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Dutch Prince Friso dies 18 months after ski accident

August 12, 2013|By Janet Stobart

LONDON -- Prince Johan Friso, the younger brother of recently enthroned King Willem-Alexander of the Netherlands, died Monday as a result of brain injuries suffered during a skiing accident 18 months ago, according to an official statement from the palace.

The communique posted on the royal website stated that the 44-year-old prince “has died of complications related to the hypoxic brain injury which he suffered as the result of his skiing accident in Lech, Austria on 17 February 2012.”

Friso was buried by an avalanche while skiing off a trail despite avalanche warnings during a holiday in the Austrian Alps. He was rescued after lying under the snow for about 20 minutes, but suffered irreversible brain damage and remained in a coma. After initial treatment in Innsbruck, Austria, he was transferred to a private hospital in London, where he had worked and lived with his family.

Late last year he showed signs of "minimal consciousness," said an earlier statement from the palace, and was transferred from London’s private Wellington Hospital to Palace Huis ten Bosch in the Hague, the residence of his mother, former Queen Beatrix. He remained in the same state until his death.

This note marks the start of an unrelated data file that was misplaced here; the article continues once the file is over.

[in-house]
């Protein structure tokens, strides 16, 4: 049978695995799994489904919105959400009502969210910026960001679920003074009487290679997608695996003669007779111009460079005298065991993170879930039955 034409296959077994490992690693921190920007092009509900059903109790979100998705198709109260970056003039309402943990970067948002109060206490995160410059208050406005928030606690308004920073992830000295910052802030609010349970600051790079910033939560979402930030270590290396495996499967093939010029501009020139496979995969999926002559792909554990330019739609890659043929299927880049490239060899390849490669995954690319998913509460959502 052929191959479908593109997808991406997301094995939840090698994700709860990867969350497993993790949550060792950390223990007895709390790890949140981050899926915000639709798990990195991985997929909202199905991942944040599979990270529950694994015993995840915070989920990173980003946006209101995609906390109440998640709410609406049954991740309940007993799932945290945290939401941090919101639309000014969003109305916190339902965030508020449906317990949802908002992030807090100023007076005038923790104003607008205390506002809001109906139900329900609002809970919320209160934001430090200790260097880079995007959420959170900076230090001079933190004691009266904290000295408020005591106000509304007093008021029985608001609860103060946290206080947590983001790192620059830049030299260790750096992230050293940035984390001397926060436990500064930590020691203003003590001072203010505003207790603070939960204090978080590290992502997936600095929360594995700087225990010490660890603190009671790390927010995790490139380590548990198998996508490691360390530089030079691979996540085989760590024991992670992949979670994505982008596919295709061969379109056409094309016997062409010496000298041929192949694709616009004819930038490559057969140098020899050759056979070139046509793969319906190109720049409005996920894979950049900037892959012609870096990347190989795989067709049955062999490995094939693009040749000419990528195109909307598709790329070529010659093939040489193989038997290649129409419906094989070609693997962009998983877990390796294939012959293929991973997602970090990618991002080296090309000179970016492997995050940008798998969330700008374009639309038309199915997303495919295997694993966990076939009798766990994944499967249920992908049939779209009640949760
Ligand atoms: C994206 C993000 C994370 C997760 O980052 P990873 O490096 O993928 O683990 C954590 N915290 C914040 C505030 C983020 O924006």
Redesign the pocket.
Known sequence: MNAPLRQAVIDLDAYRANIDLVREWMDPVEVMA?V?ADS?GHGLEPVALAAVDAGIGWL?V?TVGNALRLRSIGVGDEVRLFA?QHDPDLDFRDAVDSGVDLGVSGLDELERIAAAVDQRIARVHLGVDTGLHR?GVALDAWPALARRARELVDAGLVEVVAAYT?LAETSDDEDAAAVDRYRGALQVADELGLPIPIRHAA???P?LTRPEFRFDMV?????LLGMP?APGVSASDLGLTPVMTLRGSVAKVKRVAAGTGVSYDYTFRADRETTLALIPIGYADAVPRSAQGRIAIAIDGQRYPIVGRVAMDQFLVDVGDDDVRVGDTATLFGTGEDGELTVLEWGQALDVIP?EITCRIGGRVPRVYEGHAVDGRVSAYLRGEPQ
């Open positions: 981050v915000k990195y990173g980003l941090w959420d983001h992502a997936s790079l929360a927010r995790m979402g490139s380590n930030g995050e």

The prince, with degrees in mechanical engineering and economics from UC Berkeley and Delft and Rotterdam universities, was chief financial officer in a British nuclear power company until his accident prompted his resignation. His career also included time at Goldman Sachs' investment branch in London and the London branch of Wolfensohn investment consultants.

Although he kept his royal title of prince of Orange-Nassau, he renounced any claim to the throne when his marriage to Mabel Wisse Smit in 2004 was not approved by parliament after royal vetting of her past uncovered a onetime relationship with a renowned drug baron when she was a student.

Princess Mabel, and their two daughters, Countess Luana, 8, and Countess Zaria, 7, also retained their titles, although the prince was reported to be happy with his decision to renounce his position as fourth in line to the throne. He called himself a “reserve pretender to the throne.”

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